Water transfers in cereal products

Scientific contact: Corinne Rondeau

Water is often the main component in food products. Water has an impact on technological transformation parameters and the physical and organoleptic characteristics of products as well as their stability over time. As starch is also a key ingredient in many food products and cereal products in particular, it seems essential to understand water transportation phenomena in starchy systems, especially as water is also known to play a structural role in these systems. The research carried out by the MRI-Food team confirms that NMR and MRI techniques make it possible to measure the compartmentalization of water in starch grains along with the changes it undergoes (decompartmentalization/exchange) when cooking and cooling cereal products (gelatinization/retrogradation).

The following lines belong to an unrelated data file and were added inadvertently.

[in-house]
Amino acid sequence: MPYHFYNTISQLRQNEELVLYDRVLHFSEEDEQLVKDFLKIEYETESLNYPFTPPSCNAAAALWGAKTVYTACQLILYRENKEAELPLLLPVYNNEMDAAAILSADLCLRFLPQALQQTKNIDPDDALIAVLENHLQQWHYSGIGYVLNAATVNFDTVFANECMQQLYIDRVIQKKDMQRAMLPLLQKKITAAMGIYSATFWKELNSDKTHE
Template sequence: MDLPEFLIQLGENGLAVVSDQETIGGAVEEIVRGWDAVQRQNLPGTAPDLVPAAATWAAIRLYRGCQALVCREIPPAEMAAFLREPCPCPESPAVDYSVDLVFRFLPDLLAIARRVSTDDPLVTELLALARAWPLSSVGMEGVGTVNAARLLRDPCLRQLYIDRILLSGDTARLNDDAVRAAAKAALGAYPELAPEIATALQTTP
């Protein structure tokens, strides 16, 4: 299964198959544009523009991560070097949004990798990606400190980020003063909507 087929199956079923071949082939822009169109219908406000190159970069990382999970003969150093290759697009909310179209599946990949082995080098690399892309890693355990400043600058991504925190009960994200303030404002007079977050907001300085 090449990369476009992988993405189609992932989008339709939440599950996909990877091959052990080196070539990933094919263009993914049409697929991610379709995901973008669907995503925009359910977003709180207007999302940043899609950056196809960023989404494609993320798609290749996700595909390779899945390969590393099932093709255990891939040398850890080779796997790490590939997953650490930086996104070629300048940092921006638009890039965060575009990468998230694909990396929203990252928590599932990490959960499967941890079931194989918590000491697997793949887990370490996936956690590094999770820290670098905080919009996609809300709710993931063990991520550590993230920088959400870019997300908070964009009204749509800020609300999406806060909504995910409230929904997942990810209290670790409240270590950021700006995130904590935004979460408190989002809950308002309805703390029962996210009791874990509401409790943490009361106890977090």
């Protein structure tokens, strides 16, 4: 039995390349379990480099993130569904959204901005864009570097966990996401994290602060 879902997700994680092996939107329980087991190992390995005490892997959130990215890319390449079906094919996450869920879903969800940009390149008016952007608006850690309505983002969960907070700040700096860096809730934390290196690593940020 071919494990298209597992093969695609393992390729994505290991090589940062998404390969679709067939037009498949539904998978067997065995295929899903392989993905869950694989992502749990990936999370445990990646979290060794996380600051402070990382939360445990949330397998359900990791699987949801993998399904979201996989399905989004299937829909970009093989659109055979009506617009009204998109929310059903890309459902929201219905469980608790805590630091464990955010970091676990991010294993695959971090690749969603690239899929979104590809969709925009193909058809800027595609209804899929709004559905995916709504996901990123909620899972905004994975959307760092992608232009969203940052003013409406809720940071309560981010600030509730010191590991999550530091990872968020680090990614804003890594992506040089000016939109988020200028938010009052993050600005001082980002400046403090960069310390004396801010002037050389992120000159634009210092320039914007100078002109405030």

Recently, the team developed two-dimensional acquisition methods using low field NMR (NMR 2D T1-T2) that provide additional information to traditional NMR 1D methods (Rondeau-Mouro et al., (2016) JMR 265 :16-24). This method has been used to reveal chemical exchange phenomena coupled to dipolar interactions between water and starch (or its components), thereby facilitating the interpretation of the T1 and T2 relaxation times traditionally measured in 1D. Similar methods using DSC (partnership with INRA Nantes) clearly demonstrated that only NMR can differentiate the various thermokinetic phenomena measured by DSC, specifically the thawing of amylopectin crystals, while quantifying the phenomena and specifically characterizing water transfers linked to the hydrothermal transformation of starch.  These NMR developments are supported by specific data processing methods based on entropy maximization without data compression (partnership with Irccyn JRU, Ecole Centrale de Nantes). We have developed original code using Matlab to reconstruct 2D T1-T2 maps as well as Diffusion-T2 maps that should help interpret water diffusion measurements in this type of porous and very heterogeneous system from a structural and compositional perspective. In addition to molecular mobility across several microns, water profile measurements using micro-imaging indicate that the method could be used to quantify transportation diffusion phenomena such as water sorption in extruded starch produced across several millimeters over 24 hours.